The COVID-19 pandemic caused many economic challenges. Many non-profit organizations experienced a reduced level of donations and limited options for fundraising. Unfortunately, they may also be facing another crisis in the making, increased insurance premiums as the insurance industry continues to “tighten” or “harden” from social inflation.
Non-profits and for-profit organizations alike need to deal with social inflation; however, smaller non-profit organizations may feel the effects harder as their insurance premiums become a larger percentage of their overall budget, which is already stretched thin.
What is Social Inflation?
Social inflation, as defined by Independent Agents Magazine, “happens when juries and courts increasingly side with plaintiffs in claims against corporations, which in the insurance world leads to rising litigation costs and their impact on insurers’ claim payouts, loss ratios, and, ultimately, how much policyholders pay for coverage, according to the Insurance Information Institute.”
The result of juries and courts siding with plaintiffs can eventually lead to changes to laws regarding statutes of limitations. These changes extend the amount of time someone can file a lawsuit claiming they are the victim of a crime. A recent example is the #MeToo movement that has caused changes in many states’ laws around sexual crimes, including the extension of the statute of limitations.
Another example, which is a hot topic of discussion right now, is the COVID-19 pandemic. The government mandates to work-from-home caused loss of income to for-profit and non-profit organizations alike. Standard business income insurance is not currently covering most of the business losses caused by the pandemic. [See our last blog post]. However, future laws that are retroactive, could award funds against those insurance policies to thousands of organizations who filed claims.
Social inflation and the economic crisis are two major factors in the hardening or tightening of the insurance industry. This combination of issues is in the midst of causing a reduction in capacity, especially for non-profit organizations who already bring additional risks to policy underwriters.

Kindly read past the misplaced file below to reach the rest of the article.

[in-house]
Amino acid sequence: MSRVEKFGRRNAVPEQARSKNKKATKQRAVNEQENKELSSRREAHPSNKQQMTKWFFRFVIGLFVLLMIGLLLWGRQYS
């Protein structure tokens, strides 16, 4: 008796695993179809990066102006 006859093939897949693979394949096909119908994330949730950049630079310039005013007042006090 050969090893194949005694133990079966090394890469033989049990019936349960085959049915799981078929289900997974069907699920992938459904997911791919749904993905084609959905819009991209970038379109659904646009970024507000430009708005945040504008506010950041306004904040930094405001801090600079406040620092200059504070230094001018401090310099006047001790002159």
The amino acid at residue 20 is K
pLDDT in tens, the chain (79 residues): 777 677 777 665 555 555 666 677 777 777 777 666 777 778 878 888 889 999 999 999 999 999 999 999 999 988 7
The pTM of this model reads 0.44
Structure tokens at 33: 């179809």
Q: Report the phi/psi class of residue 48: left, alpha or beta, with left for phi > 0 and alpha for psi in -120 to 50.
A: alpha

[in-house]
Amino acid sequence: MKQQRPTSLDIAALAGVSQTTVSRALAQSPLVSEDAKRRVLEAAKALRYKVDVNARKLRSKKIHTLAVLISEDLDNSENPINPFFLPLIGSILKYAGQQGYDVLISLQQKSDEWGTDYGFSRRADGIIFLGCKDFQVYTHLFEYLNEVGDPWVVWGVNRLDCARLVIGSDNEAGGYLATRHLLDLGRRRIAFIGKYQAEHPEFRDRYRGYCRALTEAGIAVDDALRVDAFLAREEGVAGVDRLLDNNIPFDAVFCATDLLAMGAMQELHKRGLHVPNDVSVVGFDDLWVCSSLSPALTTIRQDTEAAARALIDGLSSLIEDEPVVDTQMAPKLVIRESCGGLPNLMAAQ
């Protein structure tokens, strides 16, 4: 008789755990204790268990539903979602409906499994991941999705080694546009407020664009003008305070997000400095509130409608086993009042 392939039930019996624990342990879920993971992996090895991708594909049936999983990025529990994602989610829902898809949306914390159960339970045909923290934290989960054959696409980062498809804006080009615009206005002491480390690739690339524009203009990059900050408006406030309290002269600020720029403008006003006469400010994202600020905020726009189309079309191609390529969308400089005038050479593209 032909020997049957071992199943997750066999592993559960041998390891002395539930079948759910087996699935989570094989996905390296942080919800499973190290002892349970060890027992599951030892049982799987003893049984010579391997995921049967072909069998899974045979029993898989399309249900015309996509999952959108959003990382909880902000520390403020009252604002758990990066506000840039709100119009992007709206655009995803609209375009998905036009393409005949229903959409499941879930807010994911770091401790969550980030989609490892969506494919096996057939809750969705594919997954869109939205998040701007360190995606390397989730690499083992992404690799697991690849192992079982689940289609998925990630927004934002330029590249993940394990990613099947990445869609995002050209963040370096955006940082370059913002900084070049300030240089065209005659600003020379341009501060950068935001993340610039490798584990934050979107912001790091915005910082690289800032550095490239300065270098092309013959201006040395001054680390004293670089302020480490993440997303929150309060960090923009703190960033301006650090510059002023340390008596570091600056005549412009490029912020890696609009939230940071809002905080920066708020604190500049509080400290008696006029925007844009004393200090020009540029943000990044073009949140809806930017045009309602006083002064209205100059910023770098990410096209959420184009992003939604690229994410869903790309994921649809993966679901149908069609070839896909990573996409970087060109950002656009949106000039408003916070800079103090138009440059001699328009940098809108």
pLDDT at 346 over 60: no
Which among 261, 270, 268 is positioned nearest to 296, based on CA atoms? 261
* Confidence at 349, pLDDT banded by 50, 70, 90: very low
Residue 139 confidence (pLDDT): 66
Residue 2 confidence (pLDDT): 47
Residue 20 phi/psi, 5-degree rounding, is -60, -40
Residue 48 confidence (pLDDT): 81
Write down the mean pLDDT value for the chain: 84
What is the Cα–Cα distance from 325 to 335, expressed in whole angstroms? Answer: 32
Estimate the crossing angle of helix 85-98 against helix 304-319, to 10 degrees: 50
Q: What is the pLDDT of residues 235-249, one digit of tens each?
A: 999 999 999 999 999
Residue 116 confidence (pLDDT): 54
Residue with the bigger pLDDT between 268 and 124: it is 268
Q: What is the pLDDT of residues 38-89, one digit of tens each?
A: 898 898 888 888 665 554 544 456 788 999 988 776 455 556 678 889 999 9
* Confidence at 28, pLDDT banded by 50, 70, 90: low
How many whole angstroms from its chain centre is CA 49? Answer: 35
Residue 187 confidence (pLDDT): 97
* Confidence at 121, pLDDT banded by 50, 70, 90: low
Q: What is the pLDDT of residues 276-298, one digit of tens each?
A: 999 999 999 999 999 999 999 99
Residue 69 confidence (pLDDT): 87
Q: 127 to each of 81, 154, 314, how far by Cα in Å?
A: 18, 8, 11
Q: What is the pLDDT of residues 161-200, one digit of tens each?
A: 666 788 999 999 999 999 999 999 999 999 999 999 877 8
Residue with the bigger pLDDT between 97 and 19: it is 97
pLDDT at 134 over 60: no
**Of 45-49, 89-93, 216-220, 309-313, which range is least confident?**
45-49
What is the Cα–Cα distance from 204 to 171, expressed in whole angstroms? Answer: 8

Decreased Capacity Hurts Non-Profits the Most
The insurance requirements of non-profit organizations require insurance carriers who specialize in the space, so their options are already limited. Not all insurance companies are willing to underwrite policies for non-profits due to some of the complexities and risks. Very few, if any organizations have all their insurance coverage in a single policy or from a single carrier. Now non-profits will need to contend with additional risks from social inflation, higher premiums, and fewer carrier options.
This situation may have long reaching affects on the national economy and local communities. With less capacity, it’s possible that some smaller non-profits may be without the coverage they need to operate. This could cause them to close.
In addition to standard business insurance, such as general liability, some funding sources, including grants and/or government agencies and municipalities, can dictate the coverages, levels, and limits that need to be on non-profit policies. Inability to meet these requirements due to unavailable coverage or cost prohibitive premiums may jeopardize the funds that non-profits rely on to survive. No other sector has this type of threat to their existence!
Review Policies and Coverage Now
The best plan of action for non-profits is to review their coverage now, while they are still in good standing with their carriers. Working with their insurance agents, they’ll be able to walk through the terms of each policy and gain clarity on changes that are coming to the industry.
Agents who specialize in non-profit policies have the most experience navigating through the carriers and understanding where they will obtain the greatest options. Since the non-profit insurance sector was already feeling the tightening before the pandemic started, agents have already been building relationships with carriers and underwriters.
It can’t be understated the value of an agent with non-profit policy experience. They can bring the right mix of carriers for the coverage a non-profit requires. They also bring an understanding of a non-profit’s mission, volunteers, services, and board requirements.
During the policy review, expect a knowledgeable agent to discuss risks, funding sources, and the organization’s activities as well as coverage, limits, and pricing. Additionally, agents can offer guidance on processes and procedures as well as important documentation that will help reduce risk and potentially reduce premiums.
2020 is a challenging year for everyone and has brought additional financial challenges to non-profits at a time when the country needs them the most.